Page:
CQ…Clark Here

Thoughts and opinions. LOTS of opinions.

Archive for the tag “Suzuki GS1100L”

Looking for Adventure…

…go, Steppenwolf, go!   http://youtu.be/5UWRypqz5-o

So my Suzuki GS1100L and I have seen a lot of adventures together.  I purchased a Rifle Fairing for it, had it installed, and had the bike and fairing painted to match.  It was beautiful!  Until one spring, maybe ten years ago or so.

I have an old High School buddy that works on motorcycles in Cochranton, PA  (Professional Cycle, http://www.procycle1.com/Procycle1/Home.html.  Ask for Dell).  For quite a while I took my bikes to him to service, inspect, fix, whatever.  So on this particular day, I had gotten up early and rode down to get the 1100 inspected.  We live outside of Erie, PA, so it was always kind of a commitment to get there.  After he was done I got going, and entered Interstate 79 at Meadville to get home.  Beth and I had friends that were getting married that day, so I really cranked the throttle.  The 1100 has always had a surplus of power, and within about a nanosecond I was travelling at 90 mph (yeah, I know.  First, stupid.  Second, way above the speed limit.  Third, I’m a cop and know better.  Response?  One, I think I’m smarter now than then.  Two, I don’t drive like that now.  Three, blah, blah, blah.  Fourth, the statute of limitations is way past, so nyah! And fifth, do not try this yourselves, it’s dumb beyond belief!).

About a mile or so north of Meadville on I-79 is a curve to the right, with a “mound” separating the northbound and southbound lanes.  Just north of that is an overhead bridge.  It was just before that spot that I decided that my left mirror really needed adjusted.  As I adjusted the mirror, I drifted left to the edge of the road.  I looked up, and I was in the loose part, just entering the curve (at 90 mph).I wasn’t experienced at that point to get myself out of it, and went off the road into the median, which at that location was kind of a grass ditch between the big mound and the northbound lane.  I did a fair job of holding on, and started slowing down.  Needless to say, the word “calm” was not part of my vocabulary at this point.  Panic, terror (literal terror), oh, yeah.  But not calm.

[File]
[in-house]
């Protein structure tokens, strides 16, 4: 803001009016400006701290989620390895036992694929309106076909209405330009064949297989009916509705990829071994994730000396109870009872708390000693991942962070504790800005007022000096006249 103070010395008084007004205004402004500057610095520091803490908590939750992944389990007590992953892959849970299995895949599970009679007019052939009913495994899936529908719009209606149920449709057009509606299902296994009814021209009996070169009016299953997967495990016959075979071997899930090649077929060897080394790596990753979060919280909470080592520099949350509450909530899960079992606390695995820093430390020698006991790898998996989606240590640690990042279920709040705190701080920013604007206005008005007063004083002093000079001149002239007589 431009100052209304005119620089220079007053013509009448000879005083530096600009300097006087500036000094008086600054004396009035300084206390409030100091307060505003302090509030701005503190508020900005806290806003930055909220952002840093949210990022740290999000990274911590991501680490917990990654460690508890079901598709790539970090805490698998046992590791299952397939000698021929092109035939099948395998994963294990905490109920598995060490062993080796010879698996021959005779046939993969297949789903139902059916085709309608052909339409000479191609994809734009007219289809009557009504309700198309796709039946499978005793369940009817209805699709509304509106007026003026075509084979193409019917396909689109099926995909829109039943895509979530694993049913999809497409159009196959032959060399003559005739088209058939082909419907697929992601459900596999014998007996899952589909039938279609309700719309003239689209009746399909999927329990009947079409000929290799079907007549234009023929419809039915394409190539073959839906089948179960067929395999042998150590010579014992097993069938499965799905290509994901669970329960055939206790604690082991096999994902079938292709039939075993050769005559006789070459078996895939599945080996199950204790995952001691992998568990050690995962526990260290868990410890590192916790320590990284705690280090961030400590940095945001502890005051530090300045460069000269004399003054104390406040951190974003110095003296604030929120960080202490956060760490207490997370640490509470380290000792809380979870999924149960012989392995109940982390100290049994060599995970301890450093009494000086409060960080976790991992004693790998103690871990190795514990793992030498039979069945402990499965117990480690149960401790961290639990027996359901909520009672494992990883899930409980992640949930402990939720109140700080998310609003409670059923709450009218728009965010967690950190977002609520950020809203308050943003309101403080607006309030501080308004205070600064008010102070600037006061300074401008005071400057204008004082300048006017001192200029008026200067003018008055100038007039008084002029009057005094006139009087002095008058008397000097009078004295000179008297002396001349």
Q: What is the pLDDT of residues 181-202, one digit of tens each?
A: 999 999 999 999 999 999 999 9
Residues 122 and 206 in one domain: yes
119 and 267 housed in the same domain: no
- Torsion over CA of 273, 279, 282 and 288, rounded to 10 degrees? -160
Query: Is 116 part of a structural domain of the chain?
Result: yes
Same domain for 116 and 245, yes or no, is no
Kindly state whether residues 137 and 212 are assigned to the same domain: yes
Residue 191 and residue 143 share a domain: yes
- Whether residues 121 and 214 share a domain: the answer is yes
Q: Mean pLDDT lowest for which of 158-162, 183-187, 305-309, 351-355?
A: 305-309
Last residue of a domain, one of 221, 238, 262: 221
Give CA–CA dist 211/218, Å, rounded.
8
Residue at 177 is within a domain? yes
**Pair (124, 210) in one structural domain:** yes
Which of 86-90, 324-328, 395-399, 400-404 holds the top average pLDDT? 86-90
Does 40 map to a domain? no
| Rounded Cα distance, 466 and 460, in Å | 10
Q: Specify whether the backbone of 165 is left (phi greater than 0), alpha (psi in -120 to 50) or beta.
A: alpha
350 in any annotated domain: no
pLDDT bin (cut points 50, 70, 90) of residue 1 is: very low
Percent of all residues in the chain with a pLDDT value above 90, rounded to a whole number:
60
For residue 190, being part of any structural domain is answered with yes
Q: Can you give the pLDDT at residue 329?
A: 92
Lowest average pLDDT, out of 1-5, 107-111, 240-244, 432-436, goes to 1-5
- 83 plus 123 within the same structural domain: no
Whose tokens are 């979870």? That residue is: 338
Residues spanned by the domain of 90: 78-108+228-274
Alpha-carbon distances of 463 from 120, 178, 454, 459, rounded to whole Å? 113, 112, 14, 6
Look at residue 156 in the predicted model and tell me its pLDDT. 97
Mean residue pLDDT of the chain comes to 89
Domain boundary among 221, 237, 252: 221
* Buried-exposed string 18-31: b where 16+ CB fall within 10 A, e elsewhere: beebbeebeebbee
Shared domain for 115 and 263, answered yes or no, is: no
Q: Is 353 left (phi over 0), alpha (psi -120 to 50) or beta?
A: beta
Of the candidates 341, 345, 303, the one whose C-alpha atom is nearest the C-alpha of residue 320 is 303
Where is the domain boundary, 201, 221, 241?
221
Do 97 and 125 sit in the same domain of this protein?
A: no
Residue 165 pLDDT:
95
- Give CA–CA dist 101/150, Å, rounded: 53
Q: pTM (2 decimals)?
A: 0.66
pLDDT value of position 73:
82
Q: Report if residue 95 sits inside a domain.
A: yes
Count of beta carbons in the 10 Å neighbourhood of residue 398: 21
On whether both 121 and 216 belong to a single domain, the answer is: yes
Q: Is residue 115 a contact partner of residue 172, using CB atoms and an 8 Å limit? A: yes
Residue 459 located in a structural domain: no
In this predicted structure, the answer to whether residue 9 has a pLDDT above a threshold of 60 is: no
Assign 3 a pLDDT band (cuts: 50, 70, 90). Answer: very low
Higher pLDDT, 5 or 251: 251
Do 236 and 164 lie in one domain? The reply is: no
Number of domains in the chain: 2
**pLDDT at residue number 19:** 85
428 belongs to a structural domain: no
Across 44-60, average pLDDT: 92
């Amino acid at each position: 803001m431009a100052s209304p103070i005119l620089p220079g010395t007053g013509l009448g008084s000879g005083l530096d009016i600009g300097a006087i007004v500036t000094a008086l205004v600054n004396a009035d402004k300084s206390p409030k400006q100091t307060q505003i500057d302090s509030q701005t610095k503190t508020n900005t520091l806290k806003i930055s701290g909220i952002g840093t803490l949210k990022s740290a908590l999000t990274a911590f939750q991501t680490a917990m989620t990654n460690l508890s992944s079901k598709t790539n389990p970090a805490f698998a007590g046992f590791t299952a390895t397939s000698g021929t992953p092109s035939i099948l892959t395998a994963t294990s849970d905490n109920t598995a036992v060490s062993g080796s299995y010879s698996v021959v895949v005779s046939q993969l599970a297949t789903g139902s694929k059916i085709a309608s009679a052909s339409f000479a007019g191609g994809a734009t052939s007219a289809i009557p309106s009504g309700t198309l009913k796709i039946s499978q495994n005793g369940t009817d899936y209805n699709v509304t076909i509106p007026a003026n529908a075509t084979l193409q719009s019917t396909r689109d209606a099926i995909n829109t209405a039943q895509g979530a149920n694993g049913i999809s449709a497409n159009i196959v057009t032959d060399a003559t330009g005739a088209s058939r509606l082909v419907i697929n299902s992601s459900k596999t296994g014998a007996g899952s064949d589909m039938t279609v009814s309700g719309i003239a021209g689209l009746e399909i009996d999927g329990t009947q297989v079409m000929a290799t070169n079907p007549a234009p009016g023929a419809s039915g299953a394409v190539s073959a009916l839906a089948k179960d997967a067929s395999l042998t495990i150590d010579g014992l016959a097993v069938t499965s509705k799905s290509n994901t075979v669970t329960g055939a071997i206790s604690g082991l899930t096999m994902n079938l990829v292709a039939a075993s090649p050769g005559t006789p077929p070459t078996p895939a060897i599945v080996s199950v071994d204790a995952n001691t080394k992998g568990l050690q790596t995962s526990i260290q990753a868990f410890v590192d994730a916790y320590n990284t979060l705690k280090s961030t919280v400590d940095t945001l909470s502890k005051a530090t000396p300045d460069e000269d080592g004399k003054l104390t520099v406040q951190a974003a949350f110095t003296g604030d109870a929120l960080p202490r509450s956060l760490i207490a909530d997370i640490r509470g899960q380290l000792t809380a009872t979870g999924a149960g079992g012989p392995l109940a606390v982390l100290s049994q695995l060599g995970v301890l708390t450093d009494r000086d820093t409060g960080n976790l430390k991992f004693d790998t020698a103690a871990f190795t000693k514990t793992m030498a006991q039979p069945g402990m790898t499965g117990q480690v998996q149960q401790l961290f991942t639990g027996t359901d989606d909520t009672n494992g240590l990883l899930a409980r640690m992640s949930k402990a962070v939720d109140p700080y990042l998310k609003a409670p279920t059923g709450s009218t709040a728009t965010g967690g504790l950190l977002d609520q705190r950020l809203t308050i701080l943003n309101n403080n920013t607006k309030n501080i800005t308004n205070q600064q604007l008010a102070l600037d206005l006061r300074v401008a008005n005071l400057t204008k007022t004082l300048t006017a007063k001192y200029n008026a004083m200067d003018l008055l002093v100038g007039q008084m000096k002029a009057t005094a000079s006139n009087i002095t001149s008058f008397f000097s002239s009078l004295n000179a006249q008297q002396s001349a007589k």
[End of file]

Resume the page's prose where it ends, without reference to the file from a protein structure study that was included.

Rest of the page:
The rear tire kicked out on me, and I did a low side spill.  Motorcycle on its side, and I on my back did a 90 mph slide down the median.  I remember my head hitting a rock and I flipped over, hitting my face shield on the motorcycle and bouncing over again onto my back until we both stopped.  I got up and looked back, only to see pieces of fairing and motorcycle as far as I could see.  Not my happiest moment.  I called Dell to come and pick up my bike, and called Beth to come and get me.  Needless to say, we didn’t get to the wedding that day (sorry, Steve and Karey).

Dell fixed the bike, and I got it home.  However, it was a couple of years before I got the guts to get back on it, and then only after taking the PA motorcycle safety course (http://www.pamsp.com/).   This is actually a great course, and I would recommend it to every rider, no matter how experienced.

I never did get another Rifle Fairing.  My brother-in-law gave me his old windshield, and I have used it for several years.  It’s cheesy, but I appreciated it.  Like I said, I hate riding without a windshield.  Here’s the bike as it looks today:

LOVED this bike!

I continued to ride the 1100 for several years, but she just continued to deteriorate.  I continued to ride, last year I figured out that I was saving five dollars a day riding it to work versus driving my Chevy Silverado.   I was a bit embarrassed to ride her last year and this year; she just was not the beautiful lady she had been.  It culminated last year when I took it to Crolli, Inc. to get some work done (Crolli’s location: http://mapq.st/IFdPJr).  After the work was done, I’m standing beside the 1100, just looking at it, looking at the other bikes around it, and thinking about how it kind of looks a bit worn.  Some guy was also there to pick up his bike, I guess, and looking down at my bike, the love of my life, says, “Now that’s a beater!”  Well!  The nerve!  Except that he’s right.  I just said, “Yep, she get’s me where I’m going, and she’s paid for.”  He did a major back pedal, but it still kind of stung.  But what could I say?  The poor thing is really pounded.  *sigh*

This year, I was just “window shopping” online, and looking at bikes.  Not seriously shopping, just looking.  I got to the point that I figured that if I ever got another two-wheeler, it would likely be a Yamaha V-Star.  Understand, I have always hated Harleys mostly on principle.  So for a long time, V-stars were kind of out, as they had (I thought) a Harley look to them.  But this year I changed my mind.  I think that instead of a “Harley look-alike” they’re more of a “retro” look, back to the motorcycles of the ’30’s and ’40’s, and I kind of got to like the look.

But like I said, I was just window shopping.  Until Beth told me that she thought I should get a new bike.  What?  “Look, Beth, I appreciate that, but really, I don’t think we can afford it.”  “No, I’ve looked at the numbers, and I think we can.”  Wow!  Well so much for “just window shopping!”  At that point it became a serious hunt.